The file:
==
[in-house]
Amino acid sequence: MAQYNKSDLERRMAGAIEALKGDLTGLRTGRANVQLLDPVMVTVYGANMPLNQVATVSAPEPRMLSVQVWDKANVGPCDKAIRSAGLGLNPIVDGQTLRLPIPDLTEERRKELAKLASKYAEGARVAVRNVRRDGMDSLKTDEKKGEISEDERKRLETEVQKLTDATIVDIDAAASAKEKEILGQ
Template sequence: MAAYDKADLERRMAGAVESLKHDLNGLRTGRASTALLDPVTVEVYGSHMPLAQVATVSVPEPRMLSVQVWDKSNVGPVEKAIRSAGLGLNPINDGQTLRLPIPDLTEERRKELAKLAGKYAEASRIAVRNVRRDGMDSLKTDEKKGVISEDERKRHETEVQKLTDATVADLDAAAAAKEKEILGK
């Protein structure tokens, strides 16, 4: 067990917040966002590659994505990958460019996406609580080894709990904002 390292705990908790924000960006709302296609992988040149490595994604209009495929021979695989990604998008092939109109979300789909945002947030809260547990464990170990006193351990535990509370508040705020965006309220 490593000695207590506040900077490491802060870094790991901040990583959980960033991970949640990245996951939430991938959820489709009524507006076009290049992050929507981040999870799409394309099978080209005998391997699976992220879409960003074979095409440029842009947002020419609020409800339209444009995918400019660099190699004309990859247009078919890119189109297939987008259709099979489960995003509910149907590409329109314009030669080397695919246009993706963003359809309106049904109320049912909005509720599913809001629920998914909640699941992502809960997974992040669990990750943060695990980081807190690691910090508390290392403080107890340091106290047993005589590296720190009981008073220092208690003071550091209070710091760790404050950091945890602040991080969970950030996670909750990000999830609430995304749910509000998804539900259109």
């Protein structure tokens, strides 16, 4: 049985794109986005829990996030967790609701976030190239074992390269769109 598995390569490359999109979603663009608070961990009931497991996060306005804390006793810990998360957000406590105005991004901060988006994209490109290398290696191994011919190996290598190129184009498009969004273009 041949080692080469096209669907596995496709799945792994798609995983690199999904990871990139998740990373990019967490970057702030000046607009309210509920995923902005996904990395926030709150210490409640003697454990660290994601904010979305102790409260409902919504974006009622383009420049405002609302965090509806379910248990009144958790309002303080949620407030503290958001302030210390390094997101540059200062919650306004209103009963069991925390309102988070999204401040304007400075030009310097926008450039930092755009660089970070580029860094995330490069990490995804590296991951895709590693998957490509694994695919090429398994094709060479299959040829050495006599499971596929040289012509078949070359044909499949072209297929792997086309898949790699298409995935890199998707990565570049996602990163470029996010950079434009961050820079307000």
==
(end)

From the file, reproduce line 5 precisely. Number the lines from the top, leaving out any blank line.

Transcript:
């Protein structure tokens, strides 16, 4: 049985794109986005829990996030967790609701976030190239074992390269769109 598995390569490359999109979603663009608070961990009931497991996060306005804390006793810990998360957000406590105005991004901060988006994209490109290398290696191994011919190996290598190129184009498009969004273009 041949080692080469096209669907596995496709799945792994798609995983690199999904990871990139998740990373990019967490970057702030000046607009309210509920995923902005996904990395926030709150210490409640003697454990660290994601904010979305102790409260409902919504974006009622383009420049405002609302965090509806379910248990009144958790309002303080949620407030503290958001302030210390390094997101540059200062919650306004209103009963069991925390309102988070999204401040304007400075030009310097926008450039930092755009660089970070580029860094995330490069990490995804590296991951895709590693998957490509694994695919090429398994094709060479299959040829050495006599499971596929040289012509078949070359044909499949072209297929792997086309898949790699298409995935890199998707990565570049996602990163470029996010950079434009961050820079307000």